the comnjittee.
j London* morning pauers express in
[Continued on Page 11.]
Royal Arcanum Meets
Here For Annual Session;
Plan For Many Events
, The executive session of the
Grand Council of the Royal Ar
canum opened this afternoon at 2
: o'clock in the Penn-Harris. All
j parts of the state are represented,
: 238 delegates being here for the
; State Council.
At 8.30 this evening a formal re-
I ception will be given the Supreme
| Regent and officers of the Grand
j Council in the reception hall, and at
j 9 o'clock there will be a dance m
j the ballroom with cards in one of
j the adjacent rooms for all those
| who do not care to dance.
iln the afternoon at 2 o'clock '.he
Ladies' Auxiliary committee will
take the visiting women for a rido
i about the city. A subcommittee has
•' also prepared a musical entertairi-
I ment for to-morrow evening in. the
I ballroom of the hotel.
he has worked as superintendent for
13 years.
Now George is tired of being a
bachelor' and would take unto him
self a wife. She would be treasurer,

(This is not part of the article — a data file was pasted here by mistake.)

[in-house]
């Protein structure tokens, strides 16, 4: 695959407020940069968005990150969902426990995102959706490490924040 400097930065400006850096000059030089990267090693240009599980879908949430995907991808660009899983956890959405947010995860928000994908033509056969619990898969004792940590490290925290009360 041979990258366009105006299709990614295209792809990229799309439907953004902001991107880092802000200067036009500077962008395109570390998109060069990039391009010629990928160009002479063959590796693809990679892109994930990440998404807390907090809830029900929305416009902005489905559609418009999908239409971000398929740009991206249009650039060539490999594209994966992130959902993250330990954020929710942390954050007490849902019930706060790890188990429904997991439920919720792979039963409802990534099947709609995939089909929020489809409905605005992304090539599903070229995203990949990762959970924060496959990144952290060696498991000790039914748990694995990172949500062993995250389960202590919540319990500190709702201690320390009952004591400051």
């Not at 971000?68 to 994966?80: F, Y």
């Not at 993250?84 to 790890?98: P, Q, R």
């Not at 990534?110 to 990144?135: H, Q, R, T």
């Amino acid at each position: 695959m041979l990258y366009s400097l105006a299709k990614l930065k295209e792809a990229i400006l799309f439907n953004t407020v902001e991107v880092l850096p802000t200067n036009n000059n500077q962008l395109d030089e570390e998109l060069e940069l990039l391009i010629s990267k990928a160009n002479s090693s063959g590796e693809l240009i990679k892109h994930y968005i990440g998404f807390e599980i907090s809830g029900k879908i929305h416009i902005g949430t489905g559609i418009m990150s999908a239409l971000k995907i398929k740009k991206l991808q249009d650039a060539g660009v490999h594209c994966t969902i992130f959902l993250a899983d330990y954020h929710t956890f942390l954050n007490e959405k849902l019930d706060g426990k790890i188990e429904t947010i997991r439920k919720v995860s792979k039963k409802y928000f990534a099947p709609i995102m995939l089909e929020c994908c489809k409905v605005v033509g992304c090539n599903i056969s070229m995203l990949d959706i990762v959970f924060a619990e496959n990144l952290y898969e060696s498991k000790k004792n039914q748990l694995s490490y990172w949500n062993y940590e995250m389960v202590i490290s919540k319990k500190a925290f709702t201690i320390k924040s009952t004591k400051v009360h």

housekeeper, and manager
of the establishment, aofMCding to
George's idea. He doesn'P?are espe
cially if she be widow or spinster,
but he has an idea maybe that the
widow would be best. It is imma
terial if she live in Harrisburg or
elsewhere, but Harrisburg appeals
to George. Of course, the prospec
tive. blushing bride would havg to
be a property owner; yes. Indeed,
because George wants to live with
her wherever be her residence.
Dr. Lenker Owns Prize Ani
mal, Giving 1,601 Pounds
of Milk in 31 Days
Seventeen cows, owned by mem
bers of the Dauphin County Cow-
Testing Association, produced mo'-e
than 1,000 pounds of milk and more
than forty pounds of butter flatdui
ing the month of August, according
to an announcement made to-day !>y
H. G. Niesley, Dauphin County
Farm Agent. These figures are
taken from the records submitted
by Wilmer E. Grubb, official tester
of the association.
The record for the month, both
for production and for high test in
butter fat, was set by a cow beloug
ing to Dr. Jesse Lenker, of this
city. This animal produced a total
of 1,604 pounds of milk during Iho
month, which tested 54.5 pounds of
butter fat.
Thirteen Holsteins are included in
the honor roll of seventeen cows.
Three of the remaining four are
Brown Swiss, the property of Sam
uel Geyer, of Middletown, while the
fourth is a (Durham) shorthorn.
The herd of S. T. Whitmer, a
breeder of Holsteins, made the beat
record during the month. Foul
cows of his herd are included in the
honor list . Each produced more
than 1,300 pounds of milk. Samuel
Geyer and William Peters, of Hnni
inelstown. each had three cows in
cluded on the list, while Howaid
Speece and Irving Curry, of Swa
tara, are each the owners of two
honors cows. Edward Swope, of
Hummelstown: R. F. Bell, of Pax